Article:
Formerly the headquarters of the Port of London Authority (PLA) this Grade II listed building is imposing and has a suitably monumental entrance with six great Corinthian columns.
On the tower a bearded, nude Father Thames stands on an anchor, his outstretched arm pointing out to sea.
The PLA moved out in 1971 and its base is now in Gravesend.
The building was re‐developed by the China based Reignwood Group and was completed in 2016 to form a luxury Four Seasons hotel.
The Port of London Authority was established in 1908 to manage the Port of London with responsibility for control of the river Thames from the Thames estuary to Teddington.
An impressive headquarters building was needed so a competition to find a suitable design was launched by the Times newspaper in 1911.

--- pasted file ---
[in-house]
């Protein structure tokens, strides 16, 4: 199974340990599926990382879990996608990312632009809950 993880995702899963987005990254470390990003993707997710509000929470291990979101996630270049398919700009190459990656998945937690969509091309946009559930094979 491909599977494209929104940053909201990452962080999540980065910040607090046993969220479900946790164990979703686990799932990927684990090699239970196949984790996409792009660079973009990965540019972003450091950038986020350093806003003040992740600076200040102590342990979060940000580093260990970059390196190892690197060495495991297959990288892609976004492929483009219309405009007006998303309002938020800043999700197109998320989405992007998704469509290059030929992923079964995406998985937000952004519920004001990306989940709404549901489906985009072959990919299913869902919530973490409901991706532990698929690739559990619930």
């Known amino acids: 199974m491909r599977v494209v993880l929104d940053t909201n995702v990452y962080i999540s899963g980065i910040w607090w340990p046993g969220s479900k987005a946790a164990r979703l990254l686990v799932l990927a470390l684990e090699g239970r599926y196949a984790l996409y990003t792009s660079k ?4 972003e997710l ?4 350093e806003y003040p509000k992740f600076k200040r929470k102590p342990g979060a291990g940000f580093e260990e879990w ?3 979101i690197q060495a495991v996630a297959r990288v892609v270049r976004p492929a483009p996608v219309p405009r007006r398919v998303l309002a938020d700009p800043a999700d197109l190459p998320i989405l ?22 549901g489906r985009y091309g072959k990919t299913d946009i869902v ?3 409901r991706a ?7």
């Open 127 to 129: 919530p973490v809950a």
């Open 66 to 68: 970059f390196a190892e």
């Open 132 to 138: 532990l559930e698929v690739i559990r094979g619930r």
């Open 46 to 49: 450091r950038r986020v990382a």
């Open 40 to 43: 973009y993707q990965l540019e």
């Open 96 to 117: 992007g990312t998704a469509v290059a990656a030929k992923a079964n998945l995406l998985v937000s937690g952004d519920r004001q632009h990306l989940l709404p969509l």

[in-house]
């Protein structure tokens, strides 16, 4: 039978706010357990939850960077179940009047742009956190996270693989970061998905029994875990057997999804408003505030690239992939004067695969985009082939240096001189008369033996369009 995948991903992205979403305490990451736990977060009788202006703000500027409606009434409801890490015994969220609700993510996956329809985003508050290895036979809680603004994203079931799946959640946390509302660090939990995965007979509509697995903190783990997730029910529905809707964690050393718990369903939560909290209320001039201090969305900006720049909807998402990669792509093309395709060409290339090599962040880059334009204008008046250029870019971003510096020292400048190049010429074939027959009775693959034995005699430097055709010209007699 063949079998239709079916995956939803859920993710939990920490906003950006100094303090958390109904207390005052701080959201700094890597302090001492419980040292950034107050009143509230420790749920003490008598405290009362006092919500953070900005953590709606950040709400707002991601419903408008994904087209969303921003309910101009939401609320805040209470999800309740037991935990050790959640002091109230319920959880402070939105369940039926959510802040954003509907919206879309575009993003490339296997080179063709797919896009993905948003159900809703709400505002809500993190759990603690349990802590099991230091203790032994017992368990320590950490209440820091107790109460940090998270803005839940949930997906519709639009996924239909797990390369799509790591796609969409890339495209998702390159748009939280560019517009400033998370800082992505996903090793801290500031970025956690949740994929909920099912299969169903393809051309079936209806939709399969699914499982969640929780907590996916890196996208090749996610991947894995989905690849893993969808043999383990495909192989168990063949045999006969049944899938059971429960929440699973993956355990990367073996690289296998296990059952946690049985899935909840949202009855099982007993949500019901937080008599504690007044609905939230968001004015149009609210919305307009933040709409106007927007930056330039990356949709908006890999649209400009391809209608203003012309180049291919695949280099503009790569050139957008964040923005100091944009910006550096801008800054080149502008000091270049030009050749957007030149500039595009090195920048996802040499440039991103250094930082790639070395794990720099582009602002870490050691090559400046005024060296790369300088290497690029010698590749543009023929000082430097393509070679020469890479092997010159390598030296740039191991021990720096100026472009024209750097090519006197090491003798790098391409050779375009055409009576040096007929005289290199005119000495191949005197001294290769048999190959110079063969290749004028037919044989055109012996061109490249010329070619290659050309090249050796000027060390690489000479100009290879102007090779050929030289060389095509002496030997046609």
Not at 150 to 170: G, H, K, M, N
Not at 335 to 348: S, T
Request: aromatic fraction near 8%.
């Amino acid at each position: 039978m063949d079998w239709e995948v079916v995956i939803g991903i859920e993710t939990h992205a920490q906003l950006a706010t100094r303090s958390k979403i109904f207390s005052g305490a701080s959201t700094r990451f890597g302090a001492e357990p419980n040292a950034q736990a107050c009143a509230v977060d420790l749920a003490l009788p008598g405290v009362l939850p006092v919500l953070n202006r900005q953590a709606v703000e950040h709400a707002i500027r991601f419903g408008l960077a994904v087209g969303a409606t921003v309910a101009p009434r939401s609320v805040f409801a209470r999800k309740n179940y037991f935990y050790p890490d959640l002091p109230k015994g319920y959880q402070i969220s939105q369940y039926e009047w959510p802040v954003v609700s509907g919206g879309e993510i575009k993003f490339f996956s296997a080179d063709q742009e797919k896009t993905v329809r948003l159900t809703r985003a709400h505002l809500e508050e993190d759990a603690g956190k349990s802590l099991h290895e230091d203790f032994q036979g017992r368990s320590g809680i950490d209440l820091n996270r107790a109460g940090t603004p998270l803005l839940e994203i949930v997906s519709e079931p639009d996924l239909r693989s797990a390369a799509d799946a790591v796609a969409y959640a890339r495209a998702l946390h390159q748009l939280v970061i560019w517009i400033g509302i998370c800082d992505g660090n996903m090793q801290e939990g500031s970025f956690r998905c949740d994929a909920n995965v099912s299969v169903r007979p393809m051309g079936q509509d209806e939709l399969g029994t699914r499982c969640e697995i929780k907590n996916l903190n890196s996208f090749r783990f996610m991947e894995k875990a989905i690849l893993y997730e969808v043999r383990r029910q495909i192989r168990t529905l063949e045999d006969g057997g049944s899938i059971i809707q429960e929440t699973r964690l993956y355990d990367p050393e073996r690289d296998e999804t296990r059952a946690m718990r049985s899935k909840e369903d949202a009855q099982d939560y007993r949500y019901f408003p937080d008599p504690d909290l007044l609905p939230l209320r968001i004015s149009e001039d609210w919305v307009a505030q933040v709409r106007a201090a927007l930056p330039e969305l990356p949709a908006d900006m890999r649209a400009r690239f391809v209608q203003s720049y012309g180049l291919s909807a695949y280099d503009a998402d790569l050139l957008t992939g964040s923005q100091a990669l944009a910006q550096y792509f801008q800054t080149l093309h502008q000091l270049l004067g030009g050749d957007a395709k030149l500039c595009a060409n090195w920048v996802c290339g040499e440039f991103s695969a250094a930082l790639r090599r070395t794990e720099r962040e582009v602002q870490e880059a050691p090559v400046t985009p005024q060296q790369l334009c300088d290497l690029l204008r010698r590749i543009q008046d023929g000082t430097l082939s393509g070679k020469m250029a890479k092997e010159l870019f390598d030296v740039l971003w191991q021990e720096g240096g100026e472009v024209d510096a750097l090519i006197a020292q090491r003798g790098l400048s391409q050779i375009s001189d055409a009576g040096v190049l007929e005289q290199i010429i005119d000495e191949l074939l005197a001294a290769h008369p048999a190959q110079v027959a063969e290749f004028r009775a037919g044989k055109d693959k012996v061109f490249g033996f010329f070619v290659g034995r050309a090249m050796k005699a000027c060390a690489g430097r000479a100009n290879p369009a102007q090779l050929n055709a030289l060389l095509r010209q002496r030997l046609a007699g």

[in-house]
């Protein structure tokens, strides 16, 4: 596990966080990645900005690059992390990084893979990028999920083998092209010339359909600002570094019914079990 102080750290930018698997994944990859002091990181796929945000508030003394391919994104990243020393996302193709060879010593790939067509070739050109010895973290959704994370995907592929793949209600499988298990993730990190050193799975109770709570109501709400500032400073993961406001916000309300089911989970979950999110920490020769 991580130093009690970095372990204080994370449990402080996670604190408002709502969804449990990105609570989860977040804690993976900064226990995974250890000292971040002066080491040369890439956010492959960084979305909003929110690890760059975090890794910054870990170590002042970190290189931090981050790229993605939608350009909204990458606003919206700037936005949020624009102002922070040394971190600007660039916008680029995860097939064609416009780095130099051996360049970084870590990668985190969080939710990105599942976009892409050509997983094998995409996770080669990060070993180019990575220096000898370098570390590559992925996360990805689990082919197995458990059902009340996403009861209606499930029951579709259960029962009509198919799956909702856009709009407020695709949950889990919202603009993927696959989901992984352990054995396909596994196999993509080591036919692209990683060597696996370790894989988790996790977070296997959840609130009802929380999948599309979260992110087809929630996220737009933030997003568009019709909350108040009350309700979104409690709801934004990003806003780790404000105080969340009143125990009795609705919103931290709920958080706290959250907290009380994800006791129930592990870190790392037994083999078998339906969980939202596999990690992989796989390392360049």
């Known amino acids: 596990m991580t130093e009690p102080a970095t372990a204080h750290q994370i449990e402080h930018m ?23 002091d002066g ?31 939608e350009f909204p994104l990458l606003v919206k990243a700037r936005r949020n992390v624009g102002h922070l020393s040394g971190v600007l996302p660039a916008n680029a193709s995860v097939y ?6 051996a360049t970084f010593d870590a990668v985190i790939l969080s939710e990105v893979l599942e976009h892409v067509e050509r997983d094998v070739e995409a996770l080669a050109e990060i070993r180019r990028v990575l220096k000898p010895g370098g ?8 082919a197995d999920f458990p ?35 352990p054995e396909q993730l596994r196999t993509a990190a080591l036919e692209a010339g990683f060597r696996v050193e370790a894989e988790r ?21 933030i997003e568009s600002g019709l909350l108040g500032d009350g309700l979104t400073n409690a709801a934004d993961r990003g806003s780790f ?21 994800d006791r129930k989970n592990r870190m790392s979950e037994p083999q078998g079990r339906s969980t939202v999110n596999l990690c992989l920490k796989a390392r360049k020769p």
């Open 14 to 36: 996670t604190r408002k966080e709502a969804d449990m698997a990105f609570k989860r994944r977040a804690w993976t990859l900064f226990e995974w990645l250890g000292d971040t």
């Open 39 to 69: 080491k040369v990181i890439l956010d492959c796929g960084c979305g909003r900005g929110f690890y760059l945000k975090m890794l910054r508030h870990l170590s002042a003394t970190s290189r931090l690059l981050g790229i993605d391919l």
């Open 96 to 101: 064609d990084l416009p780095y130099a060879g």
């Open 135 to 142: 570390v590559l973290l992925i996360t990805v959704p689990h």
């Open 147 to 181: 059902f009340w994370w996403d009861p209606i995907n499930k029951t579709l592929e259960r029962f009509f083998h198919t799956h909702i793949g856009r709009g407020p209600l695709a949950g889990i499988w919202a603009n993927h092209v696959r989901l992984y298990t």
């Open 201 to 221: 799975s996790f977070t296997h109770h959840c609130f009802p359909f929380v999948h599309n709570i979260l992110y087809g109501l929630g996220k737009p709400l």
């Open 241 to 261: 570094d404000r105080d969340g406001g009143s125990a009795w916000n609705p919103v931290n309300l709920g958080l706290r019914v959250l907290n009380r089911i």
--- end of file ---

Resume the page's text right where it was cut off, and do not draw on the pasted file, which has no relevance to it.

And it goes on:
The winning architect was Edwin Cooper who also designed St Marylebone Town Hall, the old Lloyd’s building in Leadenhall Street and the Guildhall in Hull.
Work on the PLA building began in 1912 but was interrupted when war broke out in 1914. The building was finally opened by British Prime Minister Lloyd George in 1922.
The Portland stone exterior supports sculpted stone figures representing Exportation, Produce, Commerce and Navigation. The sculptors were Albert Hodge and Charles Doman. Cast iron lampstands support double and triple lamps.
An aerial view of 10 Trinity Square  (stone‐faced building looking over Trinity Gardens) and the Tower of London with parts of EC3 including 1 Pepys Street  (a block of 90 apartments) beside the Double Tree Hotel and opposite the Novotel London Tower Bridge.
The Citizen M Hotel  is the building to the right facing Trinity Gardens.